Mast is a new kind of mobile-telecommunications platform for businesses and their employees: a carrier, software platform, and device manager all in one. It gives business owners the power to manage productivity, costs, and security, and it allows employees to carry a single device with two numbers, one for personal use and one for business use.
When the co-founders of Mast Mobile—all of whom had extensive experience at large multinational companies—contacted me in January, their company was less than 18 months old and was operating in private beta under the name Grid Mobile. That name had evolved from an early plan to provide mesh networks as overlay on existing mobile networks. Now that the original strategy was no longer central, the founders wanted to replace a name they correctly perceived as having unwelcome connotations of infrastructure and “electrical grid,” and a static rather than dynamic and innovative sound.
My first step was to develop a detailed naming brief that would guide the naming process. I interviewed the founders about their market, their competitors, their previous attempts at naming, and the qualities that make their product distinctive. I also asked about them: I wanted to know what drives them, what inspires them, what they do when they’re not working. One seemingly offhand comment stuck in my mind: a couple of the founders are avid recreational sailors.
From the interviews I created a set of naming objectives (what the name should or must convey) and naming criteria (linguistic, trademark, and domain considerations). We agreed that “mobile” would be the descriptive element of the name; this would aid in positioning the company and would make it easier (we hoped) to obtain a .com domain, which was essential. (It isn’t always; see this recent post.) The objectives included flexibility, smooth sailing, originality, empowerment, and improvisation. The criteria included a preference for names that end in consonants rather than vowels, a preference for “real” (dictionary) English words, and a dislike of names that sound “too corporate.” The name needed to be available in two international trademark classes: 9 (software) and 38 (telecommunications).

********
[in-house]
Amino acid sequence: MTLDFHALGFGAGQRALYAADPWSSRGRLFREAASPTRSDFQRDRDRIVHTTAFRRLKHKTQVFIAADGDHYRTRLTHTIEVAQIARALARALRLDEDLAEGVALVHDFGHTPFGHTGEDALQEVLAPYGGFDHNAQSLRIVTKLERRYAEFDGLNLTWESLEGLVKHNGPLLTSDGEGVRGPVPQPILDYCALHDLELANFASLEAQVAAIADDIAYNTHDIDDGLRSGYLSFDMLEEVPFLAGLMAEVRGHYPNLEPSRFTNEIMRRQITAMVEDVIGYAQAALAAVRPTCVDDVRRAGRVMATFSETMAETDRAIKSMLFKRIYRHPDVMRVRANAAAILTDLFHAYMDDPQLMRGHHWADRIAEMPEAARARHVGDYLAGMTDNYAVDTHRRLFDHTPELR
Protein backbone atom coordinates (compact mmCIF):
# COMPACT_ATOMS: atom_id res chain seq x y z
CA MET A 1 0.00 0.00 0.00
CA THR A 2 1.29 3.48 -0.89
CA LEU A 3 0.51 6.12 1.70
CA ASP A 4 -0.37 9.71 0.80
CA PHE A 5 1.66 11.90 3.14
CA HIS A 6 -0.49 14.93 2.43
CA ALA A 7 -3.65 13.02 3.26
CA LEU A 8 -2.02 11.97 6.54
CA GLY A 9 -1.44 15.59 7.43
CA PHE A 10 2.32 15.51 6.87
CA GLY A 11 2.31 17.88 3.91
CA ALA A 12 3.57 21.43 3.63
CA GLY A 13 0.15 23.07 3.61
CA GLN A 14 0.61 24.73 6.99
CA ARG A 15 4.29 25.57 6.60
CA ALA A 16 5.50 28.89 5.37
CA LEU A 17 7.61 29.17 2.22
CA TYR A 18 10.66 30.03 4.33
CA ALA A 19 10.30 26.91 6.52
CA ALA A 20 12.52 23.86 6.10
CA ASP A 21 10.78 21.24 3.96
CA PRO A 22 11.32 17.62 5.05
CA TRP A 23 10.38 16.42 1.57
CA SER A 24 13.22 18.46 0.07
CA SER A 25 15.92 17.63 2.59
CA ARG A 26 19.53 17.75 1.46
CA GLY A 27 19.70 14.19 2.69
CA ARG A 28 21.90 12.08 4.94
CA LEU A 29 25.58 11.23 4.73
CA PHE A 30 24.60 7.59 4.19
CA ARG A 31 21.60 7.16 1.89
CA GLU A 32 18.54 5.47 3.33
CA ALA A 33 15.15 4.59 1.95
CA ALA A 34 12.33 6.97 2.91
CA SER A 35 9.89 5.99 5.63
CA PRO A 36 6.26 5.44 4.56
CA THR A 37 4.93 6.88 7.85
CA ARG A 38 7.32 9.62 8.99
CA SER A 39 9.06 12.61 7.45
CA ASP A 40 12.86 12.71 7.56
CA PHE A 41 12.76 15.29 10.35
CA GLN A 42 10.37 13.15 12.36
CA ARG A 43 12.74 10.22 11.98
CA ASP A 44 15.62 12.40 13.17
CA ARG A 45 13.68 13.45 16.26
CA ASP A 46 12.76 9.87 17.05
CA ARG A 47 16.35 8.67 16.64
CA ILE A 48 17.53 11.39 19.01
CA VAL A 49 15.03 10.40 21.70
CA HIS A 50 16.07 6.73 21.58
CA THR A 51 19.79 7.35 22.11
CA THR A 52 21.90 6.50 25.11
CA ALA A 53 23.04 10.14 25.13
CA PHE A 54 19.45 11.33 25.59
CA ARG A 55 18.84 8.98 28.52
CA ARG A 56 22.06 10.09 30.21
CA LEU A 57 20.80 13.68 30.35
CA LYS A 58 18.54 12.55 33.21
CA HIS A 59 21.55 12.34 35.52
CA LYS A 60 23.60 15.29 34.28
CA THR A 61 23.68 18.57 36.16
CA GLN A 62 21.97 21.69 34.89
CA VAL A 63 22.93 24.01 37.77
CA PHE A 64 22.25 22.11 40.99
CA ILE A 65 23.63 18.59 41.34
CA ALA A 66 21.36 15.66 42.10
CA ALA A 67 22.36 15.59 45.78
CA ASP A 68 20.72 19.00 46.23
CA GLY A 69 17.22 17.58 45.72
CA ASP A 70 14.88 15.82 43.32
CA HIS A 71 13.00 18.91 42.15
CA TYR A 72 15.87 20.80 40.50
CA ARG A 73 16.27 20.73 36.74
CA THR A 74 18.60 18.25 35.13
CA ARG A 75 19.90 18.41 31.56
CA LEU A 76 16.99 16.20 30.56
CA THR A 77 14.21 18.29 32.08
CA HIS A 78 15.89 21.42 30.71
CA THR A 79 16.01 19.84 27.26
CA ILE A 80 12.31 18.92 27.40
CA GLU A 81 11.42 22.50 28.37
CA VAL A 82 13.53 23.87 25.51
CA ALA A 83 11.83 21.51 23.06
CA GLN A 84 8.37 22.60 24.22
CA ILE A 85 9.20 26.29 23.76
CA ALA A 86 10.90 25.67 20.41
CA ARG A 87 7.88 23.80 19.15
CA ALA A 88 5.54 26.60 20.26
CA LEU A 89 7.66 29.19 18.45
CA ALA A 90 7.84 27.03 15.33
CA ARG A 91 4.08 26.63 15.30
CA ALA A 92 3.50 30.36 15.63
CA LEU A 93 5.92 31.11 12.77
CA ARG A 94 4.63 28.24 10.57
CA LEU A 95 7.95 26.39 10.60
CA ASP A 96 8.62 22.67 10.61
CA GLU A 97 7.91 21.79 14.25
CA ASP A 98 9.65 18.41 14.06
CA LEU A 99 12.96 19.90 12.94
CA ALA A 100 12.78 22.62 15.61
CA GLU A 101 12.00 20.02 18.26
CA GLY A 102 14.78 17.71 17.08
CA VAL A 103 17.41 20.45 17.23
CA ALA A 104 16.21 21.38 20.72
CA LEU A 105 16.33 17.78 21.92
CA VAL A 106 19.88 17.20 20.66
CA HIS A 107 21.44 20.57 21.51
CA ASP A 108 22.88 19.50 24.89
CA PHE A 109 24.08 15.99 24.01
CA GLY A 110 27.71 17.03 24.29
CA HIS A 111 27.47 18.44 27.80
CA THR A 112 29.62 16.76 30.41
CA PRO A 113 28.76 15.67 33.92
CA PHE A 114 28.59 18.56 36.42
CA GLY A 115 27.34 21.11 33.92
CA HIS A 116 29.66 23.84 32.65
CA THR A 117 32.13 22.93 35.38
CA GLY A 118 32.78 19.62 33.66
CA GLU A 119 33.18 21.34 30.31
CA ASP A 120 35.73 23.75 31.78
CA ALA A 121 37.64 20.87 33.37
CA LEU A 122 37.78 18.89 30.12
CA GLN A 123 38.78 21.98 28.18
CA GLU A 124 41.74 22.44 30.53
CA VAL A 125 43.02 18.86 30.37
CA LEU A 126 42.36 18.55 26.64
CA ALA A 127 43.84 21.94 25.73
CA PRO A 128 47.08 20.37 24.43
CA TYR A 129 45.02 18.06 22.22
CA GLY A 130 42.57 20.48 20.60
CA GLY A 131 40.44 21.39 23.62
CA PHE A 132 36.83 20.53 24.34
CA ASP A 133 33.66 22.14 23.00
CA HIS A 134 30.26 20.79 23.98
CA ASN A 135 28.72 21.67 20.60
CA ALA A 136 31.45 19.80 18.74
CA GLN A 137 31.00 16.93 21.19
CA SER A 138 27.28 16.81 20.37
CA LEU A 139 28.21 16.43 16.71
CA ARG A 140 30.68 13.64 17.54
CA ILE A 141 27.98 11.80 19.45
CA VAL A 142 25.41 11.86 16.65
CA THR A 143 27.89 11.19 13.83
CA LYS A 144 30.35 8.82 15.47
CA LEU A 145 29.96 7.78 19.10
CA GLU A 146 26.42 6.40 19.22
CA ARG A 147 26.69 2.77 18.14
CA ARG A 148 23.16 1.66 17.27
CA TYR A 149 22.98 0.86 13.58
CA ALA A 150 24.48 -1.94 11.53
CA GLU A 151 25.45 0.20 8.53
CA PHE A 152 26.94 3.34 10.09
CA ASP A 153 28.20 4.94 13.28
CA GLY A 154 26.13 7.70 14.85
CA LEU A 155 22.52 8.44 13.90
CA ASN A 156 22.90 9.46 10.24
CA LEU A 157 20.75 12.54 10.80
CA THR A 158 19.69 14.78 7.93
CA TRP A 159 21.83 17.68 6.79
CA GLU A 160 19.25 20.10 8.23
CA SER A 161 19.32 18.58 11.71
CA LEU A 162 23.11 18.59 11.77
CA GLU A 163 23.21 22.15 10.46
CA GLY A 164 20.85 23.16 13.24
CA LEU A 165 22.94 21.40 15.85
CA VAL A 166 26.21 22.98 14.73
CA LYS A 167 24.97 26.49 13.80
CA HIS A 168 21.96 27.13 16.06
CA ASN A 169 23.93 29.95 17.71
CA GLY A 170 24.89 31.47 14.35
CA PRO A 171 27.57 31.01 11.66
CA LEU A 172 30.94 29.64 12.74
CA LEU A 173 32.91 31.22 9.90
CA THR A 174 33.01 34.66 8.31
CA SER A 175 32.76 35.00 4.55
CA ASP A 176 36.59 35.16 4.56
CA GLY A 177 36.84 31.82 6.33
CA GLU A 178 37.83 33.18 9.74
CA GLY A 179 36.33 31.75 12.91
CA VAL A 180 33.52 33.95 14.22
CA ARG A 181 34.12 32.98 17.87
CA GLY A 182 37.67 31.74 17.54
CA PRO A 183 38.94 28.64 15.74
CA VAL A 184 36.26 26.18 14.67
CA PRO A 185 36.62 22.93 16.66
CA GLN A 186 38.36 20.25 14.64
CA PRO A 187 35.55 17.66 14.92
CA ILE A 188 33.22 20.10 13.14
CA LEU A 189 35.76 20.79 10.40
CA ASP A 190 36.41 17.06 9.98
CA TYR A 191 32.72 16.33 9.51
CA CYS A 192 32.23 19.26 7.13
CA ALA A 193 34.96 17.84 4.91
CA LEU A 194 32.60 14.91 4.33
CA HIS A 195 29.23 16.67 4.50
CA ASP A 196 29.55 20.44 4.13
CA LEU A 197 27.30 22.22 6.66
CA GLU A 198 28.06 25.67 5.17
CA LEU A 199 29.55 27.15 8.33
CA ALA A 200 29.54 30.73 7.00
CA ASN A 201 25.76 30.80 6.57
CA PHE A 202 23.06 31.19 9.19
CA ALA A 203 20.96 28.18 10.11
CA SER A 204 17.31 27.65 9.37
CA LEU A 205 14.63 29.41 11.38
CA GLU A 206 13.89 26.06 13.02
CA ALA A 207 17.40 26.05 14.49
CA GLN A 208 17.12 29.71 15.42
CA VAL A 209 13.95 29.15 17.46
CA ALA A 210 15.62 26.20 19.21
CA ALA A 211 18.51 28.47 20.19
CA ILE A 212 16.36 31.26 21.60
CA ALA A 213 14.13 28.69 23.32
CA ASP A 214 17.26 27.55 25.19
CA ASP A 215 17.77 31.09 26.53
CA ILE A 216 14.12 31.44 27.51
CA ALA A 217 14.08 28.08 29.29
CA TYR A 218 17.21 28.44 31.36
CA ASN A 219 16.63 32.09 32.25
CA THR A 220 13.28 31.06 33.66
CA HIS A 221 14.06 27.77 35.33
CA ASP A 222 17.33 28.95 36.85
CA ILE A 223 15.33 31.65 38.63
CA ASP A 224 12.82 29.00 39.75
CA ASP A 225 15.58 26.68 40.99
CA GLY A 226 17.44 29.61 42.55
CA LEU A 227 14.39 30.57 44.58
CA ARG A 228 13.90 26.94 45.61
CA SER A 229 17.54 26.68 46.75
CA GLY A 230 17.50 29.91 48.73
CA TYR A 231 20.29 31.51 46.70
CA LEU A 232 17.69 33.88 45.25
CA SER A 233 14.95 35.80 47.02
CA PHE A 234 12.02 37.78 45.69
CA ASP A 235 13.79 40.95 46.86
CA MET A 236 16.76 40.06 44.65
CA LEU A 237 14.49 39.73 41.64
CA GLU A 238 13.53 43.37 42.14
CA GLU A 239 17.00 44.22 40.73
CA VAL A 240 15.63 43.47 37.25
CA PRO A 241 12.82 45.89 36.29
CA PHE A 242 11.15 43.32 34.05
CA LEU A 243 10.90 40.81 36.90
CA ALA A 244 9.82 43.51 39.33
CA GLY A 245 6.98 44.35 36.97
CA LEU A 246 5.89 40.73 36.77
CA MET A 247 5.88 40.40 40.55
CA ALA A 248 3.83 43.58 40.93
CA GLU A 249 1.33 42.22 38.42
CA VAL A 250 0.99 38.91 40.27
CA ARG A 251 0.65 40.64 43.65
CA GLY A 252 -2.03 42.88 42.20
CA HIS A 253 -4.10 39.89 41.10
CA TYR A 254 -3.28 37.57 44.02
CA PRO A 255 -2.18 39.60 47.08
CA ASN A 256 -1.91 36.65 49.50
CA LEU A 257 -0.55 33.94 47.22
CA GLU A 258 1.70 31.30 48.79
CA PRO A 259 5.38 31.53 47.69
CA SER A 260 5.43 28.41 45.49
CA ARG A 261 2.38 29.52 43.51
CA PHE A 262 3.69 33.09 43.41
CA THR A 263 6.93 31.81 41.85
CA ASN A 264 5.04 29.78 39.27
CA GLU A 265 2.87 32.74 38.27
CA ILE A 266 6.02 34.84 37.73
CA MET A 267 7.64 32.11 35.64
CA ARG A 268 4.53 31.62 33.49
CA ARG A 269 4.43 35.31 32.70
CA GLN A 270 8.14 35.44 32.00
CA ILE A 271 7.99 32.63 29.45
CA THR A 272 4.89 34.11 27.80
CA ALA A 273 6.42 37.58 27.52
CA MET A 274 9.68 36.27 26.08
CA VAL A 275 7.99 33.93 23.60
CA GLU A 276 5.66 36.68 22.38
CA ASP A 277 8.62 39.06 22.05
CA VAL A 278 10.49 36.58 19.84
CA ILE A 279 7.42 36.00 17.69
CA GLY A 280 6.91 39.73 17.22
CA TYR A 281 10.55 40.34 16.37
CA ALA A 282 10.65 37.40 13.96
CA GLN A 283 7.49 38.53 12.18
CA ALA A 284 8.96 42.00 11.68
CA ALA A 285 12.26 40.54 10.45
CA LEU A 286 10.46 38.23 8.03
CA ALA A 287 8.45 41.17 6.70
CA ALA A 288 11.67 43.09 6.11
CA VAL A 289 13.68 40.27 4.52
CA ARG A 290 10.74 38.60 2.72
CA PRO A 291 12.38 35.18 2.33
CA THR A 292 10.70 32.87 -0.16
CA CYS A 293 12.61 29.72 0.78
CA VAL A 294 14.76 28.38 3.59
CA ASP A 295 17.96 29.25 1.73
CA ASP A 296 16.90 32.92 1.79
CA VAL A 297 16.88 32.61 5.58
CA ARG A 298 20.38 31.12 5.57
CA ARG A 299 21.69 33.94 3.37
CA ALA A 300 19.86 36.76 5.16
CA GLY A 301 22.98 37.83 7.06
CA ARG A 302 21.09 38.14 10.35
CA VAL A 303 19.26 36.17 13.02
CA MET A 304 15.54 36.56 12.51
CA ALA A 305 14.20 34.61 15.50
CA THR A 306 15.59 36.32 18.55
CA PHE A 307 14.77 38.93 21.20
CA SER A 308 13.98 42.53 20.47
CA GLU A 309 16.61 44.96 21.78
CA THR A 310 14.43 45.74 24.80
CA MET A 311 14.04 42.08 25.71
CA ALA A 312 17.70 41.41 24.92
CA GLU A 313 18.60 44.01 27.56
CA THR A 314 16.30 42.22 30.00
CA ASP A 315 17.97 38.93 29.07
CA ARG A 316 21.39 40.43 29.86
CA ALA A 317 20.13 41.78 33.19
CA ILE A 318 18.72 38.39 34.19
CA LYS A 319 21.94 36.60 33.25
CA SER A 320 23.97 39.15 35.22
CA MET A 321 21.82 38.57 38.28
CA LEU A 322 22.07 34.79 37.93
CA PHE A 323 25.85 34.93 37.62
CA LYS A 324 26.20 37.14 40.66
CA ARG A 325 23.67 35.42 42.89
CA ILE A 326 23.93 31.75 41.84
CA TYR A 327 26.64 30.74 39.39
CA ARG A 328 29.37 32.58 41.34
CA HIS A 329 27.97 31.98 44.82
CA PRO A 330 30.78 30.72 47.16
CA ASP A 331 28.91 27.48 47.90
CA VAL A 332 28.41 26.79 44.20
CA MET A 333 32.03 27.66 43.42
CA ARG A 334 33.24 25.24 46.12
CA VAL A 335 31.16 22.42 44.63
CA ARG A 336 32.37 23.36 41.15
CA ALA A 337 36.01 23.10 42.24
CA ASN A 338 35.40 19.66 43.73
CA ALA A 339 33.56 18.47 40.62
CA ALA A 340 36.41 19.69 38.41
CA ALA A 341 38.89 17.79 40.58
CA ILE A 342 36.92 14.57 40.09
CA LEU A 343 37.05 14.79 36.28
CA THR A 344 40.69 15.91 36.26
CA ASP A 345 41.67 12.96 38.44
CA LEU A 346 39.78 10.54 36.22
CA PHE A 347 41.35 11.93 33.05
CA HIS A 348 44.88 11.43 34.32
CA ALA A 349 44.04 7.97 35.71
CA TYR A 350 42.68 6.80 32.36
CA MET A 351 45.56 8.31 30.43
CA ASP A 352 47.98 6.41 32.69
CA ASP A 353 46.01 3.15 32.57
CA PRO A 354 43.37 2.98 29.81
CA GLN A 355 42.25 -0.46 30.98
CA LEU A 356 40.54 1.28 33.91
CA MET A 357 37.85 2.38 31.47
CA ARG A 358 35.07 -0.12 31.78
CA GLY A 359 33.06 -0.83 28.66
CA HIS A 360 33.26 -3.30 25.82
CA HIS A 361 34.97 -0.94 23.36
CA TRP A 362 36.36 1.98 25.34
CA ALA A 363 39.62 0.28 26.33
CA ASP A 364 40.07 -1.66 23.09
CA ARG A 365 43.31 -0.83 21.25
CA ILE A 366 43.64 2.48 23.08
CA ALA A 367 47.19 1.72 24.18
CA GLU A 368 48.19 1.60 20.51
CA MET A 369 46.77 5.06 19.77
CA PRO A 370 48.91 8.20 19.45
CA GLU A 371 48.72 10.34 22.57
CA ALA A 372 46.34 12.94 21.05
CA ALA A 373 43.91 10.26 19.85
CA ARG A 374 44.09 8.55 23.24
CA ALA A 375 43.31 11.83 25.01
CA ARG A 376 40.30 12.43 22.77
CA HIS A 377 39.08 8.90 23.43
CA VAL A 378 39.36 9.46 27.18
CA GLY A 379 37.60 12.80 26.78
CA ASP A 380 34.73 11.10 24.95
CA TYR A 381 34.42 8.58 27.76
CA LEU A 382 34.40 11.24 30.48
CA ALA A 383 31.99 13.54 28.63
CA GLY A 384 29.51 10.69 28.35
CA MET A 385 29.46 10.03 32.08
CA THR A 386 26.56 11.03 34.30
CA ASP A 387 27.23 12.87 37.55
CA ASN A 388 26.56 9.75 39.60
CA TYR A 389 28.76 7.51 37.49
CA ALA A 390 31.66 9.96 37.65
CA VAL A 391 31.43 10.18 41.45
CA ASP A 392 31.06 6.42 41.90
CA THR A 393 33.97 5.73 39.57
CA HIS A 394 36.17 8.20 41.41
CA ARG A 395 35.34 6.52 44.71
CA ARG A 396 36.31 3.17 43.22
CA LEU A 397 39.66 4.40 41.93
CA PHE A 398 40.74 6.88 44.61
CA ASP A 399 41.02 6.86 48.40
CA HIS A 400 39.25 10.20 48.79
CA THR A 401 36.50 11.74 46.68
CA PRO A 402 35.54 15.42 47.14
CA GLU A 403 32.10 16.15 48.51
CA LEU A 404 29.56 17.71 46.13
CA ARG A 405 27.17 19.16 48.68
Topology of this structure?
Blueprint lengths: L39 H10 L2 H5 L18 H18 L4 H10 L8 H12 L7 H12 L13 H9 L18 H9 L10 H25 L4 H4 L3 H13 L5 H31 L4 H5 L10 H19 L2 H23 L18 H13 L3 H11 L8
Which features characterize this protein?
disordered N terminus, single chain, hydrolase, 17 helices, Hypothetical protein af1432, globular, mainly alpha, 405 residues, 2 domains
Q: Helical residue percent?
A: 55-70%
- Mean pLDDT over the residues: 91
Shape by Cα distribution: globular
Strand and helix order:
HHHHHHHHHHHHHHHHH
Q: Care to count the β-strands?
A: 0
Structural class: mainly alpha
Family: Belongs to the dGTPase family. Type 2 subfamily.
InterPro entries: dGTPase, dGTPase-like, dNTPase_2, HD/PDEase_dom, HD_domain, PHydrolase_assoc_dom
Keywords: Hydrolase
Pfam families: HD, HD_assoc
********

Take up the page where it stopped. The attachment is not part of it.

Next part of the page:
Finally, we established a brand personality profile, which the ideal name would reflect (or at least not contradict): assertive but not brash, fresh and energetic, a bit provocative, exhibiting a dry sense of humor.
I did two rounds of name development, exploring the vocabularies of jazz (the “improvisation” and “originality” objectives), materials science (“flexibility”), strength (“empowerment”), and navigation (“smooth sailing”). To my delight, the founders were open to a wide range of names, and they quickly grasped the power of metaphor. In the end, though, one name stood out, literally and symbolically: Mast.
A mast is, of course, a tall pole that supports a sail and allows navigation through changing conditions. The word has deep roots in the language, going back to Old English. The double-M alliteration of “Mast Mobile” also appealed (and it enhances the name’s memorability). And nobody else owned MastMobile.com.
Not incidentally, the founders are able to relate to the name on a personal level. They understand sailing, and can speak with authority about the multiple meanings of Mast.
Five months after Mast Mobile was chosen, CEO David Messenger reports: “We’re getting great feedback on the name—it’s really strong and distinctive.”
Thanks to the Mast Mobile founders for being thoughtful and decisive clients. And thanks to trademark lawyer Jessica Stone Levy for skillfully steering us through the screening and registration process.